I've had situations tempt me to despise prophecies. How about you? So many lives have been shredded by misguided or manipulative "words from the Lord." So many church services have been divided by a veil of confusion—all because of a prophetic "word." No wonder Paul had to warn against "despising prophesying" (1 Thess. 5:20).
Harper's Greek Lexicon defines exoutheneo (despise) as "to make light of, to set at naught, to treat or reject with scorn." In short, the apostle's command prohibits anything that would mock, deride or cheapen the place of prophecy. In this sense, prophecy is a means by which several members may participate in a service, prompted by the Holy Spirit to relate ideas or thoughts—a "word"—that may edify, exhort or comfort. It is a word, always to be based upon and measured by the Word.
As a pastor, I need to:
• Deliver prophetic "words" God gives me.
• Respond to those "words" ministered from the assembly.
• Integrate vital "words" into the body-life.
How can I release this gift's blessing without confusion? First Corinthians 14:26-40 clearly says that a prophecy (that is, a truth God wants to remind us about or encourage us with) is to be judged. This means to evaluate it, to weigh what has been said in light of the Bible's teaching and so determine the place the message fits in the flow of a service. It also includes application—what ought to be done in response to the insight the "word" brings. (I lament the glib habit of applauding prophetic words as though the whole idea of the gift were to excite us.)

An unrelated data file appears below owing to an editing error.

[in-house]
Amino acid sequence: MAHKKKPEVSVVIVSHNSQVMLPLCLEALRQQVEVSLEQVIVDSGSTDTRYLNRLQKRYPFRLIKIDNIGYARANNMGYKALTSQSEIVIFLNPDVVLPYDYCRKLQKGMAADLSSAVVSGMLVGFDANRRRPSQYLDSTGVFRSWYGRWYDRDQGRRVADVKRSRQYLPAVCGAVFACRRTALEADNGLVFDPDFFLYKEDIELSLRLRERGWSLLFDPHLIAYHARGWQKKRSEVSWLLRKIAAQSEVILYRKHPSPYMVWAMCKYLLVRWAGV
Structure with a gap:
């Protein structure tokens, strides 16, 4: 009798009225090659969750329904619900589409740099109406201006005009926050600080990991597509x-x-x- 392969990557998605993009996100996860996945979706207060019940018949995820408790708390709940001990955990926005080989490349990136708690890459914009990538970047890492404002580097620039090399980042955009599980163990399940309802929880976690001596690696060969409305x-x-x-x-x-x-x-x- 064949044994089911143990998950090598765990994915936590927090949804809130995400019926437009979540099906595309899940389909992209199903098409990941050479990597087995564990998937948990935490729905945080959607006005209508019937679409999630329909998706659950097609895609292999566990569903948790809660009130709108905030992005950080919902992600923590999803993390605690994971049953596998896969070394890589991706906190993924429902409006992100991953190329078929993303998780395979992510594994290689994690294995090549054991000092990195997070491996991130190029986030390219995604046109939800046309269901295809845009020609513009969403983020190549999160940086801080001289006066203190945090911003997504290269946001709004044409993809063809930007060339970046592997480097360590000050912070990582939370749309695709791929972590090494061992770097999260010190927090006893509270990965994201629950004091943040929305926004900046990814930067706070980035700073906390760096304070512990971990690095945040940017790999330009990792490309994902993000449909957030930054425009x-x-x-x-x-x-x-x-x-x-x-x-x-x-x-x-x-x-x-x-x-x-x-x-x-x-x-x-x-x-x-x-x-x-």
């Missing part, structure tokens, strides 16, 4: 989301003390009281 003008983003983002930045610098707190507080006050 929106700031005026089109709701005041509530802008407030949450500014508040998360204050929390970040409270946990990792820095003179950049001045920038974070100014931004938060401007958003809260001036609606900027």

In my early ministry, I was uncertain how to welcome prophesying without inviting problems. Then I was introduced to the concept of "submitting the 'word.'" By submitting, I mean that anyone feeling God has given them a word first present the gist of the message to an elder. I believe this is as valid a fulfillment of the apostolic directive to judge the prophecy as if we waited until it is given publicly.
At first I wondered if this practice might obstruct the liberty of the Spirit, but instead I found it released ministry. Individuals sensing the Spirit's prompting with a word were liberated, and the congregation seemed freer to receive. This custom removed the person's appearing to be seizing the service at his or her own discretion. Members of the body learn to trust eldership who assist the release of the gifting within the assembly. Thus, when during a worship segment of the service a member submits a prophecy to an elder, our goal is to see that word ministered, not to repress it in a hierarchal manner.
At times a submitted prophecy is given almost immediately; another time it will be reserved until later in the service. On occasion the person submitting a word will be asked simply to receive it as for himself, not the body, or to reserve the word for another occasion as it doesn't seem to synchronize with this gathering.
The manifestation of the Holy Spirit of prophecy (see 1 Cor. 12:10) is given to profit the local assembly (see v. 7; 14:3-4). It's the leader's task to administrate its exercise—to release the Spirit's grace, not control it—and see that order and edification are balanced. It will help any congregation to delight in and respond to prophecies—not grow to despise them.
Jack Hayford is the founder of The Church on the Way in Van Nuys, Calif., chancellor of The King's Collge and Seminary and the president of the International Church of the Foursquare Gospel.
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